I am not telling you what you don’t already know; this has been a trying and very unusual last 12 months. So much change, so much uncertainty, so much suffering. It is exactly because of this that this Lenten season seems more important than ever. In a time when not much is certain, Jesus suffering and ultimately sacrificing his life, so we can live, is concrete and certain. And, our celebration of Jesus rising on the third day is something we, as Catholics, can count on.
In this gospel passage, Jesus challenges the crowd not to remain too comfortable with their status as descendants of Abraham. They need to be open to change, moving beyond confidence in tradition. He invites them to new levels of engagement, greater freedom, deeper love. This message is a tough one for Jesus’ audience to embrace. It is a challenge for us today, as well.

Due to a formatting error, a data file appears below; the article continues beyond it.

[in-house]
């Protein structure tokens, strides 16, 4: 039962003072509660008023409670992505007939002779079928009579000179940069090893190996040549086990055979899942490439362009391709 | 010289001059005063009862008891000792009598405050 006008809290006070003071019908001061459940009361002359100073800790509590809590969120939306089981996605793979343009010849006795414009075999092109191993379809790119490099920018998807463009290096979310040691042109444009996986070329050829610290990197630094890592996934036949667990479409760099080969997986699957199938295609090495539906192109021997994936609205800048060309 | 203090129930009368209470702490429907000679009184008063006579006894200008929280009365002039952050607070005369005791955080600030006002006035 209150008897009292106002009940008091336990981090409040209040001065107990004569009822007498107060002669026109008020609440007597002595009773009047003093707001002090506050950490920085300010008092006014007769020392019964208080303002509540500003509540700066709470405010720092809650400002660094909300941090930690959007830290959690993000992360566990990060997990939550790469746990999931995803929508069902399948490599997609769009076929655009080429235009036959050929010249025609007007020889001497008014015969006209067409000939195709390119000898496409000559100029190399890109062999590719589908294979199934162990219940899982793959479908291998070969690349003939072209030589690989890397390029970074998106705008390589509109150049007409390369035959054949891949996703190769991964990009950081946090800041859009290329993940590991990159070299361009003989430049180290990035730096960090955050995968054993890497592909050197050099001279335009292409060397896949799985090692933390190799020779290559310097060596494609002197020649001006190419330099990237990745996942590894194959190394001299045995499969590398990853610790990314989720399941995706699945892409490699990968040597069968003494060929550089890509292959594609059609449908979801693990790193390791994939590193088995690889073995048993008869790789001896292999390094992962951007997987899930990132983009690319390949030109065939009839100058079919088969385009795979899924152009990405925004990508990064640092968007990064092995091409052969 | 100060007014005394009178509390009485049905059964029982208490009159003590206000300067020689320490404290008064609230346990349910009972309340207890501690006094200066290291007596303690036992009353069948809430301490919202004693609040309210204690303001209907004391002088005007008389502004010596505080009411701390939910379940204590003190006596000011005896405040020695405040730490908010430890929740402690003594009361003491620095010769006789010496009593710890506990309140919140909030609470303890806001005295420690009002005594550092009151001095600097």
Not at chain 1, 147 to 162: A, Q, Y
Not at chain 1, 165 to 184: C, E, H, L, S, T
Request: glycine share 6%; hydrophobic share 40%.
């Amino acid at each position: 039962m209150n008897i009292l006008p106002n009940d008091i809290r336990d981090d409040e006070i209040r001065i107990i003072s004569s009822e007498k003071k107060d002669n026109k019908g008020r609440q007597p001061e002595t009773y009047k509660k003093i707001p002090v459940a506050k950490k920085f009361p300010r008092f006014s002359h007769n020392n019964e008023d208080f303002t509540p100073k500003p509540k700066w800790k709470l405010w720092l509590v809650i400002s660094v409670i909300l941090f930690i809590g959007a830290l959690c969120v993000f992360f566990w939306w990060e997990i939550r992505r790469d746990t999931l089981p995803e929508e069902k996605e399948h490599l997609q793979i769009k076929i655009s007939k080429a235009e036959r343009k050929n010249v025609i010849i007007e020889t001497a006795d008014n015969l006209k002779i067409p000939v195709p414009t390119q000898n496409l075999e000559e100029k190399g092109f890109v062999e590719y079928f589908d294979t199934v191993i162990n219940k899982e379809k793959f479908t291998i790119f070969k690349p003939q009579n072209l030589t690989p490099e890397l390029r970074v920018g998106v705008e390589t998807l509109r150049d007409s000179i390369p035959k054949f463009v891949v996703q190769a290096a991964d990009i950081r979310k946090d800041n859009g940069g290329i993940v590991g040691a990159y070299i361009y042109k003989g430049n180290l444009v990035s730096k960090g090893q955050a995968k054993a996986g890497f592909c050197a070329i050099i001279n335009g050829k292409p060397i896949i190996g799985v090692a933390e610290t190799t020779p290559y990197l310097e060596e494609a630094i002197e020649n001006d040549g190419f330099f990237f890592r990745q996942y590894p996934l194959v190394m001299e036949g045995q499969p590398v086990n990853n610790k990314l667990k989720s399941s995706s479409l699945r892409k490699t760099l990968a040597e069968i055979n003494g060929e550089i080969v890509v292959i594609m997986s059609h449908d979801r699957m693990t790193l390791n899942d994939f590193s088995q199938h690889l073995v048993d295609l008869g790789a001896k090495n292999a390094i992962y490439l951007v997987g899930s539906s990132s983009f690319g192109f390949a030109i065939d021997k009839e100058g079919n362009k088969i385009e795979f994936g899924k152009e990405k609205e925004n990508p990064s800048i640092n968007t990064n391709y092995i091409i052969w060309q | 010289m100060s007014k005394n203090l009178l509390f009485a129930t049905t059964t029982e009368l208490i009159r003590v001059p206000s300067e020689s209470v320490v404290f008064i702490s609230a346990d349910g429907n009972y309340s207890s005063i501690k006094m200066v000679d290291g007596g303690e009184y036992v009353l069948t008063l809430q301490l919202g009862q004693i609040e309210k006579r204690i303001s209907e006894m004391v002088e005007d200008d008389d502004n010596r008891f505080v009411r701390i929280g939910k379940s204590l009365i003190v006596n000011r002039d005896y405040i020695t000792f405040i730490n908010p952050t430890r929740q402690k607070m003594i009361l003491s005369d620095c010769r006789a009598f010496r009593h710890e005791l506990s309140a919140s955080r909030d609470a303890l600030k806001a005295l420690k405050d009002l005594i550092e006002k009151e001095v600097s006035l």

I wonder what I am doing and, sometimes more importantly, not doing that is getting in the way of forming a deeper relationship with Jesus and keeping me from truly being free. How can I make room for His word? Every Lenten season, I try to make sacrifices to remind me of Jesus’ pain and suffering and ultimately the JOY of the risen Jesus Christ.
My prayer for us all, during this Lenten season, is to consider what habits and “false gods” we may have that are keeping us from experiencing the love of Jesus Christ. Let us brush aside those things and revel in the resurrection of our Lord.
March 25, 2021 - Thursday of the Fifth Week of Lent
Gospel: John 8:51-59